I do believe that question is hard to answer in definitive way the major reason to this, because there is high regional diversity in Iraq. As I have stated not all ethnic groups in Iraq will match each other, or they are Arabized. However since many Iraqis are from the center they will show an Arabized Assyrian like ancestry, and some will show Arabized Iranian ancestry or in between of those. Others will plot with Jordanians and Bedouins.

Ramza
02-14-2014, 09:05 AM
LOL I can't believe your wall of anecdotes and circumstantial evidence received a "thanks".


If people are clustering with Jordanians who are basically Arabians, there is no doubt there is significant Arabian admixture

This again. People indicates a number of examples. You haven't seen or provided a number of examples, despite having ample opportunity to present evidence.

Still no science. Still skirting around the subject and posting opinions masquerading as fact.

I'm out. Enjoy the weird tribal treatises, everyone.

DMXX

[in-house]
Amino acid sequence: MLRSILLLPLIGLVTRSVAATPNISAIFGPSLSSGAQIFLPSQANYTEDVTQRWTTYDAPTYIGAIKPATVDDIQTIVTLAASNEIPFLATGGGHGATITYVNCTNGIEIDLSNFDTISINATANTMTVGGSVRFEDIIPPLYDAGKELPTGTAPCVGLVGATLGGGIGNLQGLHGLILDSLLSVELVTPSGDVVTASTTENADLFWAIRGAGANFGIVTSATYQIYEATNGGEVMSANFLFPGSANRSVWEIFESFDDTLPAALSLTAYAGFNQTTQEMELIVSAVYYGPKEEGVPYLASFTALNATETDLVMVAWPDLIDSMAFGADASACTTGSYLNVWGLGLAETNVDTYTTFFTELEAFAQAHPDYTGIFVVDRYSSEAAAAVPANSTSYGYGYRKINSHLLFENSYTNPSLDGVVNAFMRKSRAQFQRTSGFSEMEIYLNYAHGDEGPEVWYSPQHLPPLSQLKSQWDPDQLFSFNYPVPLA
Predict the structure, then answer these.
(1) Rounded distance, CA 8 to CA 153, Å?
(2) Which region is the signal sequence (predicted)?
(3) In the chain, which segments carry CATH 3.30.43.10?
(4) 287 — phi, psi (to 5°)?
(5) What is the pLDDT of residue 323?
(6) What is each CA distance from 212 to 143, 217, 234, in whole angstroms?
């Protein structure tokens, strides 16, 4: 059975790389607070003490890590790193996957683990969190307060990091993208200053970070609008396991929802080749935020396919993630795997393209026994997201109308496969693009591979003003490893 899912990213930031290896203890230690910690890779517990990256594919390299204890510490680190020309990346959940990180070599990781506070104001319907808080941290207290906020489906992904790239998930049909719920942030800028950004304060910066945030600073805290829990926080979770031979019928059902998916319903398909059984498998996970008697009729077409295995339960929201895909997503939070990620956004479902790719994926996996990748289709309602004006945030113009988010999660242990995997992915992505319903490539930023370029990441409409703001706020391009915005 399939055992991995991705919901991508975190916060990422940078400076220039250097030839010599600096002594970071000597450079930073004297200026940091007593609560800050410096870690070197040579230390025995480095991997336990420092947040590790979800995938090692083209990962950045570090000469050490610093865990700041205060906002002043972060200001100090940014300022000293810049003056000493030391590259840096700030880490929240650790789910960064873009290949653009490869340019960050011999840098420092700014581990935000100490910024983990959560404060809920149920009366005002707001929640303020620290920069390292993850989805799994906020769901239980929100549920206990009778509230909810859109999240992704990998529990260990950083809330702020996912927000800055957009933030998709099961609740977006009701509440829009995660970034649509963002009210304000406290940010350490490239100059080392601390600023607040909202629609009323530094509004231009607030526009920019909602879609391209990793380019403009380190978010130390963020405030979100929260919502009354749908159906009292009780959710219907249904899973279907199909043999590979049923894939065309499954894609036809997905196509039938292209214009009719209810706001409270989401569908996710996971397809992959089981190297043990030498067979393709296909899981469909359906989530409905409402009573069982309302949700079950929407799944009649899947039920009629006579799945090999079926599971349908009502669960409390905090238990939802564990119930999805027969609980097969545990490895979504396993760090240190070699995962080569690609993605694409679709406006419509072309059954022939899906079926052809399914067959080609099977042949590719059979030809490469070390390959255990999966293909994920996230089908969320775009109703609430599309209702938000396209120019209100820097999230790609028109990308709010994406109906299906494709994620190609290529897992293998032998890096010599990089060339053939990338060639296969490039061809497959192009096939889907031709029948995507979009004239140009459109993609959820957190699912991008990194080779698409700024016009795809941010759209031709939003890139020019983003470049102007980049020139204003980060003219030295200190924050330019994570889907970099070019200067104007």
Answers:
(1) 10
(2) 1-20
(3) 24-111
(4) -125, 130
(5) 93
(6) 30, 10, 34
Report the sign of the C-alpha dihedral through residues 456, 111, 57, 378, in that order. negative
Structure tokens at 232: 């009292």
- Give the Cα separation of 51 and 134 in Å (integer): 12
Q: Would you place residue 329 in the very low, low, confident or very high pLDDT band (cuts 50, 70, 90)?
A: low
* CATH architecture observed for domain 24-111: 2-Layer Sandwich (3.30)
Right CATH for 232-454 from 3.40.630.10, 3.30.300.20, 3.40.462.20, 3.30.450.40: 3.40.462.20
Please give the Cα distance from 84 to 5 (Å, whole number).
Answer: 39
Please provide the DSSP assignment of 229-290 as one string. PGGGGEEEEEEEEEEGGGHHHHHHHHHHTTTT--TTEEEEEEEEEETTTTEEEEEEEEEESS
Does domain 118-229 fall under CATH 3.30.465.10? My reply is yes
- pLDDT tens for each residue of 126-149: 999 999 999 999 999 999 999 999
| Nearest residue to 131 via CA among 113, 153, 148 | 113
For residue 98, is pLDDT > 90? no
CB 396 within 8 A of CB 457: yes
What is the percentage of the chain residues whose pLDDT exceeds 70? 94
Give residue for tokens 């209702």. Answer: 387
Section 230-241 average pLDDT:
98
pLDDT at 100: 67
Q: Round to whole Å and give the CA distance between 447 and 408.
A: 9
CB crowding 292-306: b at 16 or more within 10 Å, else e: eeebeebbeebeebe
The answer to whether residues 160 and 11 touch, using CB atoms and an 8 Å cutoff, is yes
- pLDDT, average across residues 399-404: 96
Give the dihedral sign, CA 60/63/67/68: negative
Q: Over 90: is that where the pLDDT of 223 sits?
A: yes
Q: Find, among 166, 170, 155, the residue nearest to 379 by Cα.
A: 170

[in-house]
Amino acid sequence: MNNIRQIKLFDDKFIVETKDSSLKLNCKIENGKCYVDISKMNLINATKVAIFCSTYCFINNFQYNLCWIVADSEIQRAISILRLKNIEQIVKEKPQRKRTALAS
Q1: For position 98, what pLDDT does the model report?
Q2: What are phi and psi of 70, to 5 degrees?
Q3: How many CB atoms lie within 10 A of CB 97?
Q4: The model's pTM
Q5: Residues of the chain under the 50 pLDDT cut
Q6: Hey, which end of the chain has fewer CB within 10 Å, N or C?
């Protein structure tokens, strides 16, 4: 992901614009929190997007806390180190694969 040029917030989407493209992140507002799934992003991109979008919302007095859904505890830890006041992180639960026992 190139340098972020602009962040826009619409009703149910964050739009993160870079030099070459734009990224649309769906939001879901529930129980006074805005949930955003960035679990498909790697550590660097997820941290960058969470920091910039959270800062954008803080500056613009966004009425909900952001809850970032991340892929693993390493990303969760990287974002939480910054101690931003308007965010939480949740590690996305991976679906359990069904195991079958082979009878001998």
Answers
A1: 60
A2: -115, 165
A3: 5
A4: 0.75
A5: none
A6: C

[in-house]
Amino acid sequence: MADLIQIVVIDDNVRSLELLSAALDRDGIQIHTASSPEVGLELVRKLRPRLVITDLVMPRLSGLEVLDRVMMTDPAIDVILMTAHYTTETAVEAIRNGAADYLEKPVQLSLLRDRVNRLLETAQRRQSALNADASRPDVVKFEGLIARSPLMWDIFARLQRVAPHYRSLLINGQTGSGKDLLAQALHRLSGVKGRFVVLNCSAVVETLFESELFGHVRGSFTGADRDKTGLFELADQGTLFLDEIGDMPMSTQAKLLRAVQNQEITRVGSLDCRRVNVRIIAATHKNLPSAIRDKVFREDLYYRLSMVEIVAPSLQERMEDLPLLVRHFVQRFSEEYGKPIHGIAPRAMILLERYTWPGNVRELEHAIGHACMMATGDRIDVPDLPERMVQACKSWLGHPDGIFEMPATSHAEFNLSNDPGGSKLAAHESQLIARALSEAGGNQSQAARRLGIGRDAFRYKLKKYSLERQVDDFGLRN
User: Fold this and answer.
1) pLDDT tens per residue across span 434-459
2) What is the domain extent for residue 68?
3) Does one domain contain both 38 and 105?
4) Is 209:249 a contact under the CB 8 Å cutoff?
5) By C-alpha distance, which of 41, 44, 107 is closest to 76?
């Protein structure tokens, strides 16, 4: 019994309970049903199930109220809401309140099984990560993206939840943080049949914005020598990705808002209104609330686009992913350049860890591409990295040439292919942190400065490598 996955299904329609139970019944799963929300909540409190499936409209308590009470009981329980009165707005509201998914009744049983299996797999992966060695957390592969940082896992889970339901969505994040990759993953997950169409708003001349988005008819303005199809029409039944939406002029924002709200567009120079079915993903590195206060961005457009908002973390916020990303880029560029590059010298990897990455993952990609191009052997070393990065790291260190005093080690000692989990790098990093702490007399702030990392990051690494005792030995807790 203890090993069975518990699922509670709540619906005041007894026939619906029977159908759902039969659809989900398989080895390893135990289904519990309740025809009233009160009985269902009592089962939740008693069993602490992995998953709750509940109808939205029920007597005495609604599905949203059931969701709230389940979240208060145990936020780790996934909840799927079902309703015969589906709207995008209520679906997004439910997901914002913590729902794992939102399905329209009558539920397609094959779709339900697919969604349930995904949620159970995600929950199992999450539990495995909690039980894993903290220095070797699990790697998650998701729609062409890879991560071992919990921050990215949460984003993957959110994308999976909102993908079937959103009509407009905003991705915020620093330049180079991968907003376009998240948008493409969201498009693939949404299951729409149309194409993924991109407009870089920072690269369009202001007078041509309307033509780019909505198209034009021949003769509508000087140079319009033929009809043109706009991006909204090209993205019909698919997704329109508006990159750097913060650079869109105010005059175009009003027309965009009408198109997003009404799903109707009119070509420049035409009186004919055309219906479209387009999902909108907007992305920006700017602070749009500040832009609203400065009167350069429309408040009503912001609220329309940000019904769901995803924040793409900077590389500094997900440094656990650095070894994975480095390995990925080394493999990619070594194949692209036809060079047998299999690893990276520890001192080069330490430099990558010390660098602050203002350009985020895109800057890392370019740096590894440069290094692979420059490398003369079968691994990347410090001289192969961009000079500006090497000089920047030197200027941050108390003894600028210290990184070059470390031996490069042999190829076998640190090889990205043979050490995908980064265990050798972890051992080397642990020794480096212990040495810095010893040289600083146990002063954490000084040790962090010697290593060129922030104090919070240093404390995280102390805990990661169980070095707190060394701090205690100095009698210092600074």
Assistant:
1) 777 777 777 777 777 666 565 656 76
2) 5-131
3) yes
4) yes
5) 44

02-14-2014, 09:20 AM
LOL I can't believe your wall of anecdotes and circumstantial evidence received a "thanks".

This again. People indicates a number of examples. You haven't seen or provided a number of examples, despite having ample opportunity to present evidence.

Still no science. Still skirting around the subject and posting opinions masquerading as fact.

I'm out. Enjoy the weird tribal treatises, everyone.

Amidst the other content in his post, Alanson made several statements regarding the general genetic picture in the Middle-East which is correct (e.g. Iranians and Turks being somewhat "different" from other Middle-Easterners). Those sorts of statements were what garnered a "thanks" from me.

As for the empirical genetic evidence, he doesn't have any. None of us do. I understand the perspective you're approaching this topic with Ramza, but the truth of the matter is no autosomal data has surfaced out of Iraq just yet. The best anyone has to go by is the McDonald plots of a handful, which should be carefully interpreted with respect to the country's demographic divisions and regional histories. As Humanist alluded to, some Iraqi Arabs from certain parts of the country are likely to resemble modern Assyrians exceptionally well. We even have an example or two of this.

Having said this, Alanson is certainly wrong in asserting this view as fact given the paucity of data. Isn't his fault the data isn't there, but the wording of that view makes it completely reliant on special pleading. Circumstantial evidence in the form of tribal origins etc. are indicative but not definitive, which I believe is the main dispute here.

Ramza